Should we point fingers, the BOP's ability to develop such unprecedented (and apparently unchecked) power can partially fall directly on the shoulders of certain federal inmates who were “amused to abuse” the federal legal process by filing repeated and frivolous complaints and/or federal torts claims. Conduct that eventually facilitated the strict adherence to both the Prison Litigation Reform Act (PLRA) and the Federal Tort Claim Act (FTCA). As a result, every inmate is now relegated to “exhausting” all complaints through the labor intensive and intentionally time consuming BOP Administrative Remedy Process. Unfortunately, despite the purpose of this Process, it would appear that BOP management has now, yet not surprisingly, developed the Administrative Remedy Process into their own self-managed and personally supervised shell game to frequently hide and delay formal responses to inmates - or any other outside inquiries for that matter. In fact, they have turned it into an art form and, wait for it, there is no appeal, other than filing another tort claim. We know, George Orwell couldn’t make this stuff up.
In conclusion, how do we properly and uniformly implement The 2nd Chance Act of 2007, and do so in the spirit for which it was developed? Actually, it's relatively simple, we need to develop an outside oversight committee for the BOP. A group of individuals that are tasked and empowered with the authority to ensure that BOP senior management properly runs this massive government "cash cow" and does so in full and transparent compliance with Congressional and judicial mandates. Has anyone on Capitol Hill ever read Lord Acton?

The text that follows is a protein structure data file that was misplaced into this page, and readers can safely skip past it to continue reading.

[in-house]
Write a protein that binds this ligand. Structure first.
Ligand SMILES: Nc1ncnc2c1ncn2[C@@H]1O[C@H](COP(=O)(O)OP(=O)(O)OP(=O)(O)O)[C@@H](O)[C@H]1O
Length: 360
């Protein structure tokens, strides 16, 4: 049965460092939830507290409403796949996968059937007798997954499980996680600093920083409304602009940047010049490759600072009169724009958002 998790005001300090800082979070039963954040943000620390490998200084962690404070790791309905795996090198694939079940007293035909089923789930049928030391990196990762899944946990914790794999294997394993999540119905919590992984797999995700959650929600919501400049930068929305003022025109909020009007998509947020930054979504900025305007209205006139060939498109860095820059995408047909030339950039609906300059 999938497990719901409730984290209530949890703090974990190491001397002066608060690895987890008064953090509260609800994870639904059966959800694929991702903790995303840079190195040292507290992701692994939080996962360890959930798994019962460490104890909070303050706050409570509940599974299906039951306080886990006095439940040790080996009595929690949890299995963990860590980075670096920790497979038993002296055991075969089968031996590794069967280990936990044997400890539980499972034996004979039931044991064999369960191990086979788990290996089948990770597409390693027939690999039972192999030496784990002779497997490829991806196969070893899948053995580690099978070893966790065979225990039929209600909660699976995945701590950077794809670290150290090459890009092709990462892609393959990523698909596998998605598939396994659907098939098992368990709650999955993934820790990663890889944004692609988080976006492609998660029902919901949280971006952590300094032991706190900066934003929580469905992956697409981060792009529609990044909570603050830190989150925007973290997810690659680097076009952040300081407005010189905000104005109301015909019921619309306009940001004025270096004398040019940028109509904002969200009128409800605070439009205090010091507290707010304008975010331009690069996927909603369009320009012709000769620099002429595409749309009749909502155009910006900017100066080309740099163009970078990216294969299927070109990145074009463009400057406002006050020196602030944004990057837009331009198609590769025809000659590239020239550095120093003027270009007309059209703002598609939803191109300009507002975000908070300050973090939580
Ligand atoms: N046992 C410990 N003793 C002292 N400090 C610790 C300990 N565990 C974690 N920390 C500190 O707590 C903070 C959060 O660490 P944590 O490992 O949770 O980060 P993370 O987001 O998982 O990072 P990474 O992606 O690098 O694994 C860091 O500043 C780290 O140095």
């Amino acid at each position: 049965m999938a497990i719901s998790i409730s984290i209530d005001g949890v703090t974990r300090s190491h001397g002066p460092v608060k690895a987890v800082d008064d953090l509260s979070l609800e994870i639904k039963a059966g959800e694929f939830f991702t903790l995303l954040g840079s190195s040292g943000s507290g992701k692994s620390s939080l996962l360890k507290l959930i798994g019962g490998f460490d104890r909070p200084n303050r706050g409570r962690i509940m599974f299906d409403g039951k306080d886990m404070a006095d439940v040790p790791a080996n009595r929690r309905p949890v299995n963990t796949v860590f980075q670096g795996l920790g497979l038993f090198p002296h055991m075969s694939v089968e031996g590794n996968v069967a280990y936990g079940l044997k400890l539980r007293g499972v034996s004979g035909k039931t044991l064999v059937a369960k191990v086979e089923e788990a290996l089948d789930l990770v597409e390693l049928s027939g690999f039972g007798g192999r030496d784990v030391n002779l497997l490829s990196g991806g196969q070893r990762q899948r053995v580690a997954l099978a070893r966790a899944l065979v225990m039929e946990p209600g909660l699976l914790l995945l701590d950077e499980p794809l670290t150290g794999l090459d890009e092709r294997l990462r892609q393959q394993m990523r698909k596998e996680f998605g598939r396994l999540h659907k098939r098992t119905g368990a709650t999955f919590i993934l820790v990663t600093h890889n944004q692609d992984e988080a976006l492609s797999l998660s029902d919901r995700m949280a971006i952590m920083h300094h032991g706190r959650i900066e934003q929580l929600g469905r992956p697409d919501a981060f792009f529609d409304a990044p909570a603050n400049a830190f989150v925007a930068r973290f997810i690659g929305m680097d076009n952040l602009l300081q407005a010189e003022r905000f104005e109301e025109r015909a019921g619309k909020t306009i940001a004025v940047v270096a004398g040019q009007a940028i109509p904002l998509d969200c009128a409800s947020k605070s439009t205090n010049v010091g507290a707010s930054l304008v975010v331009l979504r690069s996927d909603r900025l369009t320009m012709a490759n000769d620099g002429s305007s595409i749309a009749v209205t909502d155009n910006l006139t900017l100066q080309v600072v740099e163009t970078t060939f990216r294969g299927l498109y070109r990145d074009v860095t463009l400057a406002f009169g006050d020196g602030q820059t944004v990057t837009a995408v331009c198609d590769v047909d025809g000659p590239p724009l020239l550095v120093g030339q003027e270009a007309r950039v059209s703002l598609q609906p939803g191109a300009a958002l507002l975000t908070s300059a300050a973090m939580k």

Yet, as Dennis Miller would say, “This is just our opinion – we may be wrong.”
Disclaimer: While every effort has been made to ensure the accuracy of this publication, it is not intended to provide legal advice as individual situations will differ and should be discussed with an expert and/or lawyer.For specific technical or legal advice on the information provided and related topics, please contact the author.